The Cubtober Diary: The winds of change won’t do the same to Kyle

22 October 2016: Chicago Cubs starting pitcher Kyle Hendricks (28) pitches during the first inning in game six of the National League Championship Series between the Los Angeles Dodgers and the Chicago Cubs at Wrigley Field in Chicago, IL. (Photo by Patrick Gorski/Icon Sportswire via Getty Images)

22 October 2016: Chicago Cubs starting pitcher Kyle Hendricks (28) pitches during the first inning in game six of the National League Championship Series between the Los Angeles Dodgers and the Chicago Cubs at Wrigley Field in Chicago, IL. (Photo by Patrick Gorski/Icon Sportswire via Getty Images)

CHICAGO – A team, a fanbase and a city will breathe in some rare air on Friday night.

It’s going to be moving pretty quickly, too.

The first World Series game at Wrigley Field since 1945 will feature one of the trademark weather conditions for Game 3 – the wind blowing out. Right now they are expected to come out of the South at 15-30 miles per hour, straight out to centerfield and in the process creating a potential boon for hitters.

It would figure to have the opposite effect on the Cubs’ starter, considering the tendency of long fly balls carrying into the stands instead of the warning track in those conditions. This along with the pressure of being the first Cubs’ home World Series starter in 71 years would figure to get in the mind of Kyle Hendricks as Friday night approaches.

Joe Maddon says no. Unequivocally no, in fact.

“I just think that’s just who he is. I’ve only known him for two years now, but I’ve never seen him rush through anything,” said Maddon of Hendricks in a memorable few moments of reflection. “I’m sure he takes time brushing his teeth. I would imagine his cup of coffee takes two hours to drink. I mean, this guy is just, he just has this really — and he’s a good golfer.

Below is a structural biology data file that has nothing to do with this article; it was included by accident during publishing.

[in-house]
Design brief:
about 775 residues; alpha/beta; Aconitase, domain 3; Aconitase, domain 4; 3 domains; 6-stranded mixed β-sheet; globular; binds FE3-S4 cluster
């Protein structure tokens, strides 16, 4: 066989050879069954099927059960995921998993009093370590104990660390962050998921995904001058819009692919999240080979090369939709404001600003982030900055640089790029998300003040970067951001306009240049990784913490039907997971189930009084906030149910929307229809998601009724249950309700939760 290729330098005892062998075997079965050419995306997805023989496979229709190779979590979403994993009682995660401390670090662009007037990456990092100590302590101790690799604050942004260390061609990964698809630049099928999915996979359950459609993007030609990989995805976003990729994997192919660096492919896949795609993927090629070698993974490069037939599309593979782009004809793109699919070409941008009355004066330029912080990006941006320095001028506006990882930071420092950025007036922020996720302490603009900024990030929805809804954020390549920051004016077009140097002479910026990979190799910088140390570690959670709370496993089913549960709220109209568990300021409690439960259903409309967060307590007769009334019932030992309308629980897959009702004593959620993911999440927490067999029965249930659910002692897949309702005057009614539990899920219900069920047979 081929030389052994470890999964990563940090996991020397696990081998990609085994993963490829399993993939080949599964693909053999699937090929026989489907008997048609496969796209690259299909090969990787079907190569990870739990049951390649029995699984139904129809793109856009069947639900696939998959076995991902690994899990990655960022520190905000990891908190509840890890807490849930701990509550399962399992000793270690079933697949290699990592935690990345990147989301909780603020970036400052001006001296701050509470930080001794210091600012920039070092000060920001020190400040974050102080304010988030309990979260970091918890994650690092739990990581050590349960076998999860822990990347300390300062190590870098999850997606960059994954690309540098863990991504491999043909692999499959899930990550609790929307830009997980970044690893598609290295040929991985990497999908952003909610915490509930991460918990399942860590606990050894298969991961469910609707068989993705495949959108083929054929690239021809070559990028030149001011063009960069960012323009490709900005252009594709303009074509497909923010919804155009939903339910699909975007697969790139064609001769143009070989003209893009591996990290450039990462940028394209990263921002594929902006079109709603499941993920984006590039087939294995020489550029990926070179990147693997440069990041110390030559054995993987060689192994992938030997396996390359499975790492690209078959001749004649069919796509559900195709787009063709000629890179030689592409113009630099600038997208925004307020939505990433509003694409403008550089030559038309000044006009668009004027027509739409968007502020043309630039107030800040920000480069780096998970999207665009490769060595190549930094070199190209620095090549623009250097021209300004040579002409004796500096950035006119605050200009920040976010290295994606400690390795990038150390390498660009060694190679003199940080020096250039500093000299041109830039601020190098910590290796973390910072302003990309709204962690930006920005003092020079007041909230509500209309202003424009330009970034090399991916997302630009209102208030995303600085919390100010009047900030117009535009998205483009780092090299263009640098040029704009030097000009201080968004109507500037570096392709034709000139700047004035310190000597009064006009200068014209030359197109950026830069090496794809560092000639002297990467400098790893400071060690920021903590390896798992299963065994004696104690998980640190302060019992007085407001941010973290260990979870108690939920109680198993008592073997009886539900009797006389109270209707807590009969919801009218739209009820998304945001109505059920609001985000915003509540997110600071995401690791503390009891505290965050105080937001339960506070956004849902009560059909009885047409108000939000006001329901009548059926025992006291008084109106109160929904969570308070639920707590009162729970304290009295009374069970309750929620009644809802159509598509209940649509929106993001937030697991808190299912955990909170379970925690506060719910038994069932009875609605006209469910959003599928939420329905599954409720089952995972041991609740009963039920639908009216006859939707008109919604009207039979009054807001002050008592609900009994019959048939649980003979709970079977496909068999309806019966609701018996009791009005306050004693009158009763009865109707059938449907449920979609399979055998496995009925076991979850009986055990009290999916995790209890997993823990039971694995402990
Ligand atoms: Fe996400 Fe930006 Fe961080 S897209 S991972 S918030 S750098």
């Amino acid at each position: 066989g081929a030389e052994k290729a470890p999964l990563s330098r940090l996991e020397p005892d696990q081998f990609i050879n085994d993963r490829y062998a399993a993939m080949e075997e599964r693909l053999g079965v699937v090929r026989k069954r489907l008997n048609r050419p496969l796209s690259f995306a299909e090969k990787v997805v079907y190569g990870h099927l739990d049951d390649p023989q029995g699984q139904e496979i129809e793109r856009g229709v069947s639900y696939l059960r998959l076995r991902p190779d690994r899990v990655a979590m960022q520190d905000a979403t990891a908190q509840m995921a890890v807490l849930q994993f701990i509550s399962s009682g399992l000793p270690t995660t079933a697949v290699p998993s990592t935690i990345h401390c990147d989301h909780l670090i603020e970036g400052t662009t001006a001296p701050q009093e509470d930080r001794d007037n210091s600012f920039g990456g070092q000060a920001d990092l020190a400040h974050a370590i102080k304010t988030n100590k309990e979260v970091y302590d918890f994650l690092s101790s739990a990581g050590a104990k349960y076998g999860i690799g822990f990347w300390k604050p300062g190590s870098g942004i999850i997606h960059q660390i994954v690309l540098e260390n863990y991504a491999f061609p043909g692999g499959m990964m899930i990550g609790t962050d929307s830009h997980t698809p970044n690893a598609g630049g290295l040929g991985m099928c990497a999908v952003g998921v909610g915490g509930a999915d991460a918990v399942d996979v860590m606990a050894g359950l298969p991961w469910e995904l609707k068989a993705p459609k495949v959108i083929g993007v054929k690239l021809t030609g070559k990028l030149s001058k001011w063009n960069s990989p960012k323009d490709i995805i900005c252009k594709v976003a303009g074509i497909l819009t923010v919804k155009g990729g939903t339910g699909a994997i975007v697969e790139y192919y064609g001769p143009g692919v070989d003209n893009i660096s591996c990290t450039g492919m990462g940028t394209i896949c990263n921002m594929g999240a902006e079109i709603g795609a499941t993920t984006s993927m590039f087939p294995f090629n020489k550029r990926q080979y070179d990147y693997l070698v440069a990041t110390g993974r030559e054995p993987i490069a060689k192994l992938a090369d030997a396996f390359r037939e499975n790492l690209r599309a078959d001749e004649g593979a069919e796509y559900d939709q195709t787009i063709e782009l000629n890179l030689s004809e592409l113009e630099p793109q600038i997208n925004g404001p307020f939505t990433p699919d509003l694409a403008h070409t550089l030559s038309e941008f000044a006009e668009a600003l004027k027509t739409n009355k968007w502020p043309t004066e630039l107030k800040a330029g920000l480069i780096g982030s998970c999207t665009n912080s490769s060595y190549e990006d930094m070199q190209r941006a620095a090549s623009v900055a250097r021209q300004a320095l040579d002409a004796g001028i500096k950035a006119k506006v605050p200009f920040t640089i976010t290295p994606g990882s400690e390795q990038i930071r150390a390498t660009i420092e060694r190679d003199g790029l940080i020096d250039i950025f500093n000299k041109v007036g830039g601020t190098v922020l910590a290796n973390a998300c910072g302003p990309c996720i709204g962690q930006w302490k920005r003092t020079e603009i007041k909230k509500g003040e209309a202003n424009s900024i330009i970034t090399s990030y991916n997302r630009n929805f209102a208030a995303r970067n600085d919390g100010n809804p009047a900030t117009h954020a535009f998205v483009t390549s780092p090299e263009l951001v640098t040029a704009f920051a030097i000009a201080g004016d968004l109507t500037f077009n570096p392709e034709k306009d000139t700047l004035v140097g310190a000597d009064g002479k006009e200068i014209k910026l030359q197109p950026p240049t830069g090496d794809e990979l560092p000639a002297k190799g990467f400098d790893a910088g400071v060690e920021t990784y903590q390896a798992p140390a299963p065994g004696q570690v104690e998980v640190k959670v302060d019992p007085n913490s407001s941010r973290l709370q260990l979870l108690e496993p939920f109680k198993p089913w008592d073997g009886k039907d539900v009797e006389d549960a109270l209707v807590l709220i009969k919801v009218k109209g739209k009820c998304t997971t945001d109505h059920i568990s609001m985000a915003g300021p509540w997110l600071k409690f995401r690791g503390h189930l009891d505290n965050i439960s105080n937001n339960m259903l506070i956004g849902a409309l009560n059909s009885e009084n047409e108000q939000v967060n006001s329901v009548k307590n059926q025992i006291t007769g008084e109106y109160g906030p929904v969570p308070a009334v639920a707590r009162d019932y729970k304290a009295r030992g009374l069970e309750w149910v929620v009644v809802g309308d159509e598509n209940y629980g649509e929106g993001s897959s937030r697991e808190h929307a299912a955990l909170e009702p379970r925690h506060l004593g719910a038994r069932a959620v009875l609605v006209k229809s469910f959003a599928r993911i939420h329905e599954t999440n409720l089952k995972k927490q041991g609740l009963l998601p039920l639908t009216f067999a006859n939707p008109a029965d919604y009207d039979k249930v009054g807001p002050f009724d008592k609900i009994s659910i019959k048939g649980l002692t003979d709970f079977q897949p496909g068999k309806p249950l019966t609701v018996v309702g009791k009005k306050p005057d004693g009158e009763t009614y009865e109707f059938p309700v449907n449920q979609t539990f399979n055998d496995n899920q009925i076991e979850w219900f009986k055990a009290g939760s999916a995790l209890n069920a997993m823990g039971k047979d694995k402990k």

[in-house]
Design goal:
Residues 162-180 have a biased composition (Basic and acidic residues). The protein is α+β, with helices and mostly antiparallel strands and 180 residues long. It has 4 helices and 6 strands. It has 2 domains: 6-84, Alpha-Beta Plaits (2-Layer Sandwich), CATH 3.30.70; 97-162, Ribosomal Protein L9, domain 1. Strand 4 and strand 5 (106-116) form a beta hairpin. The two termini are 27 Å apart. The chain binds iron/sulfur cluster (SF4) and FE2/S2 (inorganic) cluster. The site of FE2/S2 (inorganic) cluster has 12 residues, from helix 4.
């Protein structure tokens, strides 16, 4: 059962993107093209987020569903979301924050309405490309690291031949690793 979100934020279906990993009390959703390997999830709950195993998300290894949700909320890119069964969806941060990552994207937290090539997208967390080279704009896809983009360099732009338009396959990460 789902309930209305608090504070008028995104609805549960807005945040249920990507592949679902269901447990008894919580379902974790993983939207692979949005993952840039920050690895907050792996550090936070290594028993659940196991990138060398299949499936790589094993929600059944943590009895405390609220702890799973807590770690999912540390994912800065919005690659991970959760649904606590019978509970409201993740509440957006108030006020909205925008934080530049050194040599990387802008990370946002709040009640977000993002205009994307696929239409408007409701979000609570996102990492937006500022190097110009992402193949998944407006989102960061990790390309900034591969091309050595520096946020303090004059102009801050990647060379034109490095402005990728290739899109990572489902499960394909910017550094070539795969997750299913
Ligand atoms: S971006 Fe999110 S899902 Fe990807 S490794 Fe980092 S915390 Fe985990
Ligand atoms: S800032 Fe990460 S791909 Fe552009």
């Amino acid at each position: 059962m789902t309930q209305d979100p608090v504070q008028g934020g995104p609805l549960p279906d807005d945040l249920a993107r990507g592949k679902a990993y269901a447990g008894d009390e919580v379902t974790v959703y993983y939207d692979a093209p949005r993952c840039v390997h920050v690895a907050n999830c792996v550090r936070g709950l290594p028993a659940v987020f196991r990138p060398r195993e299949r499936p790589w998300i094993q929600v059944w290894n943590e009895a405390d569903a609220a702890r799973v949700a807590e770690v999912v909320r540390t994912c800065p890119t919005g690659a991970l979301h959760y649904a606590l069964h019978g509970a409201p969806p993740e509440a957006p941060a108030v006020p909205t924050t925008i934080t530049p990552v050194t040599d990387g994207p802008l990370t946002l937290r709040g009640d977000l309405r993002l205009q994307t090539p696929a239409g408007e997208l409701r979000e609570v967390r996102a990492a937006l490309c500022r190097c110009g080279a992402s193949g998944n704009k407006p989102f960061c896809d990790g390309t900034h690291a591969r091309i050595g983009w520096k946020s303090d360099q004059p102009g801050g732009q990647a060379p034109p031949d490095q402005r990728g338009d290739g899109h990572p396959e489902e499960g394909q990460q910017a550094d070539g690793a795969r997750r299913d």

“The great Walter Hagen on the day that he played, he slowed on everything that he does. I would bet that he has the slowest back swing in history. He is just that guy, he’s that guy.”

One the Cubs are happy to have on the mound on a seasonably warm and gusty night at Wrigley Field against an Indians team that has hit a postseason-high 13 homers over the past few weeks. Hendricks’ tendency to draw soft contact and a significant amount of ground balls is an advantage considering what might happen if anyone hits one into the jet stream.

Not that it’s really on Kyle’s mind, though.

“Other than that, whether the wind is blowing out or in, it’s going to be the same game plan for me,” said Hendricks “At the end of the day, making good pitches is going to get hitters out. If you’re trying to get fly balls, ground balls, you can get out of your routine or game plan.

“So regardless of factors, regardless what their hitters are doing, yeah, it’s going to be the same game plan.”

Following the one in his last start six days ago would be a good idea. In arguably his finest performance in three years in Major League Baseball, Hendricks pitched 7 1/3 shutout innings allowing just two hits in helping the Cubs to a Game 6 win to clinch the pennant. Six days of rest is also a good thing for Hendricks who has a 6-1 record with that amount or more time between starts this season with an ERA under 1.00.

“You can get out of that,” said Hendricks of his thought process on long rest or short, wind blowing in or out. “Like I said, it’s easy to have outside forces coming at you, the crowd, you never know what’s going to be going on in a game. If you can stay grounded and stay in that mindset, it’s enjoyable for me to try to find that state, that zone, I would say.

“You’ve got to have a love for the game, I think, to always be striving towards that. But it’s obviously a fun, fun part of the game for me.”

Even if the winds of change on a historic night may not be blowing in a favorable direction for himself.